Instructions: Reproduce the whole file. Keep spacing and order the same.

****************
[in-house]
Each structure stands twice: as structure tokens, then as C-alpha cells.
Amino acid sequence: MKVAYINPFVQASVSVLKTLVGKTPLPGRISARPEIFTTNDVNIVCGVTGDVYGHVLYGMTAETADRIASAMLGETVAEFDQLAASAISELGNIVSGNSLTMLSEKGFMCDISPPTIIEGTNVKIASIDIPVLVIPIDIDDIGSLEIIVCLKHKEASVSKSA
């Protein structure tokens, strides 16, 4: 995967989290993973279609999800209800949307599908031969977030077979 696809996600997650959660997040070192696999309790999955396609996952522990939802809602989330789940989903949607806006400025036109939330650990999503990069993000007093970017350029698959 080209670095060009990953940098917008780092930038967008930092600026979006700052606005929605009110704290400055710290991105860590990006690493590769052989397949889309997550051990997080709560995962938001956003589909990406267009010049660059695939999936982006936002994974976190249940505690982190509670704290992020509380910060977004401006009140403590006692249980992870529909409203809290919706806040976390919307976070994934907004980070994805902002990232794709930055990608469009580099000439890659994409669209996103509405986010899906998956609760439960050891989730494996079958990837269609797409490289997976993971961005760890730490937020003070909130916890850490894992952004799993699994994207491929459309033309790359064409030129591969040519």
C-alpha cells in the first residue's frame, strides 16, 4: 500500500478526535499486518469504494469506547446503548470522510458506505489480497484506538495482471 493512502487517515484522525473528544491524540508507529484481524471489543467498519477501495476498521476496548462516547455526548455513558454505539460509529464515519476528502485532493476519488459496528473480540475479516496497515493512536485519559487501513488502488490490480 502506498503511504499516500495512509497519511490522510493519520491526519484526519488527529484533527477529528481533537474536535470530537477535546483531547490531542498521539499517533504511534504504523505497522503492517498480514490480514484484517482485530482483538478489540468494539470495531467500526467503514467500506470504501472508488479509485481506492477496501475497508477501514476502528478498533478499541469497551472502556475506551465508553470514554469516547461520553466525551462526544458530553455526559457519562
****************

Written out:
[in-house]
Each structure stands twice: as structure tokens, then as C-alpha cells.
Amino acid sequence: MKVAYINPFVQASVSVLKTLVGKTPLPGRISARPEIFTTNDVNIVCGVTGDVYGHVLYGMTAETADRIASAMLGETVAEFDQLAASAISELGNIVSGNSLTMLSEKGFMCDISPPTIIEGTNVKIASIDIPVLVIPIDIDDIGSLEIIVCLKHKEASVSKSA
């Protein structure tokens, strides 16, 4: 995967989290993973279609999800209800949307599908031969977030077979 696809996600997650959660997040070192696999309790999955396609996952522990939802809602989330789940989903949607806006400025036109939330650990999503990069993000007093970017350029698959 080209670095060009990953940098917008780092930038967008930092600026979006700052606005929605009110704290400055710290991105860590990006690493590769052989397949889309997550051990997080709560995962938001956003589909990406267009010049660059695939999936982006936002994974976190249940505690982190509670704290992020509380910060977004401006009140403590006692249980992870529909409203809290919706806040976390919307976070994934907004980070994805902002990232794709930055990608469009580099000439890659994409669209996103509405986010899906998956609760439960050891989730494996079958990837269609797409490289997976993971961005760890730490937020003070909130916890850490894992952004799993699994994207491929459309033309790359064409030129591969040519």
C-alpha cells in the first residue's frame, strides 16, 4: 500500500478526535499486518469504494469506547446503548470522510458506505489480497484506538495482471 493512502487517515484522525473528544491524540508507529484481524471489543467498519477501495476498521476496548462516547455526548455513558454505539460509529464515519476528502485532493476519488459496528473480540475479516496497515493512536485519559487501513488502488490490480 502506498503511504499516500495512509497519511490522510493519520491526519484526519488527529484533527477529528481533537474536535470530537477535546483531547490531542498521539499517533504511534504504523505497522503492517498480514490480514484484517482485530482483538478489540468494539470495531467500526467503514467500506470504501472508488479509485481506492477496501475497508477501514476502528478498533478499541469497551472502556475506551465508553470514554469516547461520553466525551462526544458530553455526559457519562